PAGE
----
Government Employees Could Be Fired For A Hobby

Federal employees could be fired for blogging about politics with their personal computers, on their own time, Stephen Barr reports:

Blogging about politics at work falls into the don't-do category, but
blogging from home may also get a federal employee in trouble.

Presidential campaign Web sites, for example, encourage supporters
to create blogs on the site to advocate the candidate's positions. They
also usually carry a link for campaign donations, and that can be
trouble for a federal employee, even when using a home computer. The
OSC may view the donate button as soliciting for political
contributions, another no-no under the Hatch Act, and set off an
investigation. [WaPo]

This passage is part of a longer story about how the Office of Special Counsel (OSC) has decided crack down on political activities of federal employees in advance of the election.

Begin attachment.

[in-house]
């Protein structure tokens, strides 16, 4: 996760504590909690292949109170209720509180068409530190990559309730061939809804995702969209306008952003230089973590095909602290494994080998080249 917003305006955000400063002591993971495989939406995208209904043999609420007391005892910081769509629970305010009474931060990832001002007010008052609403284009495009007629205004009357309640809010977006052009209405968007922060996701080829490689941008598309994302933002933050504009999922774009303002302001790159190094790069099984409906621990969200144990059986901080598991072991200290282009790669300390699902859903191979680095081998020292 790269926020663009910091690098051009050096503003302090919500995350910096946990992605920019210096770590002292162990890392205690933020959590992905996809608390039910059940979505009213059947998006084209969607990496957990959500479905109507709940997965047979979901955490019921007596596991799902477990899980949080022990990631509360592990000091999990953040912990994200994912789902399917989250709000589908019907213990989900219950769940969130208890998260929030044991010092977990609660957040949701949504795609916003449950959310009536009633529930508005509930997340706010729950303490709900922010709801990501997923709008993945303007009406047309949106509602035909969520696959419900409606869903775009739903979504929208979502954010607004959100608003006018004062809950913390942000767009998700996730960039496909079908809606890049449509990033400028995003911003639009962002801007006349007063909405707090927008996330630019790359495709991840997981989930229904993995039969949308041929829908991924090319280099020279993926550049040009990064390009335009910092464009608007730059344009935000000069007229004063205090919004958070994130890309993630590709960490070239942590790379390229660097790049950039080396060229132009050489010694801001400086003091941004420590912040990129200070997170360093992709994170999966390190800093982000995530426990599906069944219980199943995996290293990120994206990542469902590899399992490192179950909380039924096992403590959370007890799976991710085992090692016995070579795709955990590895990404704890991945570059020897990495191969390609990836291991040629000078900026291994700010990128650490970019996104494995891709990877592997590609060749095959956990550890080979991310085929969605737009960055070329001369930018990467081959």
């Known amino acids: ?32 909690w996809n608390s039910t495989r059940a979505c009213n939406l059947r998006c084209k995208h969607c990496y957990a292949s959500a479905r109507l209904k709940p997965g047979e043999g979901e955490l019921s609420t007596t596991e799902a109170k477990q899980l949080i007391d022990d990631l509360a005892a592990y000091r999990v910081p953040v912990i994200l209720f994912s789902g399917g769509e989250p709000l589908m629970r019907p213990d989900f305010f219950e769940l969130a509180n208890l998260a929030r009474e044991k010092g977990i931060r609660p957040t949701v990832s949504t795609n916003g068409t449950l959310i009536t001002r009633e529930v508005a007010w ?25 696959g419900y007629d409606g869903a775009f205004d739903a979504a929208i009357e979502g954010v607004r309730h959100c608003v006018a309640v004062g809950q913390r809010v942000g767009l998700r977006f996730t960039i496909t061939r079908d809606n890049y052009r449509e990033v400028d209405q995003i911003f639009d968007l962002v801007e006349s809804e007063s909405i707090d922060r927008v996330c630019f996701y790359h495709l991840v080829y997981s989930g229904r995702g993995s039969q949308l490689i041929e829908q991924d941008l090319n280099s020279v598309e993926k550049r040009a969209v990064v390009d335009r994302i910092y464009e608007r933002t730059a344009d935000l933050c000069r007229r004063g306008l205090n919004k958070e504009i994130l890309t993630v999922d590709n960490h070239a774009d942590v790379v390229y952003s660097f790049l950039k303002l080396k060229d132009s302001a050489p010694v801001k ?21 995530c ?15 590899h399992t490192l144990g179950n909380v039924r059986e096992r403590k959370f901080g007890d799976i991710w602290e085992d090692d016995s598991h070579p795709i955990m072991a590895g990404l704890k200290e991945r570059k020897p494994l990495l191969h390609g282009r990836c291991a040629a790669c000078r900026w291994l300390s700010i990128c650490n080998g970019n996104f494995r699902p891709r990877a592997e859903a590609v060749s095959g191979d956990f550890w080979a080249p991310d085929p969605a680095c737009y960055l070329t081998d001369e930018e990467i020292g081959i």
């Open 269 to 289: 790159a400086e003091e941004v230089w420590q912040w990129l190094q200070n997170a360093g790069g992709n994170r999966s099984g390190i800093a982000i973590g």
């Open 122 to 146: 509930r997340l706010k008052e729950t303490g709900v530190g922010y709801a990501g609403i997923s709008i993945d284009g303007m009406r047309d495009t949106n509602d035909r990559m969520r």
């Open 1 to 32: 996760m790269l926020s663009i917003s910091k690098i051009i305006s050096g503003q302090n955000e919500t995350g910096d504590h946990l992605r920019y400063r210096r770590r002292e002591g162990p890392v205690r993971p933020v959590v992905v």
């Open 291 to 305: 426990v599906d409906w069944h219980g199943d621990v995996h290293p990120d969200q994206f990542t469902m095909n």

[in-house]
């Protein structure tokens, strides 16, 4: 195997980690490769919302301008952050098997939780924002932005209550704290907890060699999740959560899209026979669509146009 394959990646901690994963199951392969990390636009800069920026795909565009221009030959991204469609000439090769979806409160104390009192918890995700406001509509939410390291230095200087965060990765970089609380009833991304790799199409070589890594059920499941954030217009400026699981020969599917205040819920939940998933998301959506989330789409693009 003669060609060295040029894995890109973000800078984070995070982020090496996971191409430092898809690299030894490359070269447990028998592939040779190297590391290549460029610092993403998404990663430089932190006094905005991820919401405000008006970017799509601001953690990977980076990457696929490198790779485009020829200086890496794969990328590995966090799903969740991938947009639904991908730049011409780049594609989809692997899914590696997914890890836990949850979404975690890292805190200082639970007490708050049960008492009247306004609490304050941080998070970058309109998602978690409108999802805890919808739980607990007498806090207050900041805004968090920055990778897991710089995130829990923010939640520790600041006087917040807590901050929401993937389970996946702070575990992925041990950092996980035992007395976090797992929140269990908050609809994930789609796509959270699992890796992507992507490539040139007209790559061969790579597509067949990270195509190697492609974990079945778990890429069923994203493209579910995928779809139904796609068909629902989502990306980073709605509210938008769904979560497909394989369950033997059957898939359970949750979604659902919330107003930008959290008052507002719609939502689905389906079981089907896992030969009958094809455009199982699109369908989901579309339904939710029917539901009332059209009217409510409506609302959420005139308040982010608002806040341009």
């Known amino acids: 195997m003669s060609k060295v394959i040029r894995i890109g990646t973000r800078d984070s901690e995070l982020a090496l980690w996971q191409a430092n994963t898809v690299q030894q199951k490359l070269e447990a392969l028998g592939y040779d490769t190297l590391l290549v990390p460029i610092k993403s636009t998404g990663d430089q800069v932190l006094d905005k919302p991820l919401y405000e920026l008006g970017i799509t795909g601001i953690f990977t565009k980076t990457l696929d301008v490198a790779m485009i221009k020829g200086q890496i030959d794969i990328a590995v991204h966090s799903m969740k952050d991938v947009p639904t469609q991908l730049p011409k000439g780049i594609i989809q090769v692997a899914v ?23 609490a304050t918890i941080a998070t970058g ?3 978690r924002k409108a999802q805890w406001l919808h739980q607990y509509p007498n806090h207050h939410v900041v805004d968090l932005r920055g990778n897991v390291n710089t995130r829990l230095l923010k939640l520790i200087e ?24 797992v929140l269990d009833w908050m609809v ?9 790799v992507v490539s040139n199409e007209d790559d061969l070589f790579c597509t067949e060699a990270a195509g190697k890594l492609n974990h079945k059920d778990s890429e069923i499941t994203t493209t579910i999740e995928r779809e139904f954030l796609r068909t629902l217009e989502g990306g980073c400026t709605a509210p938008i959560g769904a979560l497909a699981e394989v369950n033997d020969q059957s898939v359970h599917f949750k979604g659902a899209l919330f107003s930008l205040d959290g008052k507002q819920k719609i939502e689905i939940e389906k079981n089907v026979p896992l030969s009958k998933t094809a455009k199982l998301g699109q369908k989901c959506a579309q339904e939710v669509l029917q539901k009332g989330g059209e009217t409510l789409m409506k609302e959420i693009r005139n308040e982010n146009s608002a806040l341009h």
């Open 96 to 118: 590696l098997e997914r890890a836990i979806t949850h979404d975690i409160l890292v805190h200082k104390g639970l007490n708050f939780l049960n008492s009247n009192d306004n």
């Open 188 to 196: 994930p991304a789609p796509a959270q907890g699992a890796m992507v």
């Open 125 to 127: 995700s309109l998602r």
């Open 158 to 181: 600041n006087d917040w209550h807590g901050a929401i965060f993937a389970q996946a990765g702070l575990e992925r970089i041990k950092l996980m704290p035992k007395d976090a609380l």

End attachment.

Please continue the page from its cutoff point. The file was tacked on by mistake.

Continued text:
The Hatch Act restricts the political activities of federal, state, and local government officials. The rules are very complicated. Presidential employees confirmed by the senate can even engage in political activities on government time, in government facilities, as long as these aren't paid for with government money. However, appointees must not compel their subordinates to play along. 

Since the beginning of the Bush administration, the definition of electioneering has been very narrowly indeed, at least when it comes to Republicans helping Republicans. Karl Rove was allowed to make the rounds of 20 federal agencies, delivering regular PowerPoint presentations about how bureaucrats could help get Republicans elected. This went on for years. In fairness the OSC did investigate some of these allegations, but neither Rove nor the senior government employees who participated in these briefings has been sanctioned.

The highest-profile targets for Hatch investigation, Rove, Ken Mehlman, and Scott Jennings, all resigned before any action was taken. Proximately, Jennings was a casualty of the U.S. Attorney scandal. It's not clear how much influence the Hatch Act investigations by OSC and Rep. Henry Waxman's Oversight Committee had on the timing of Rove's exit.

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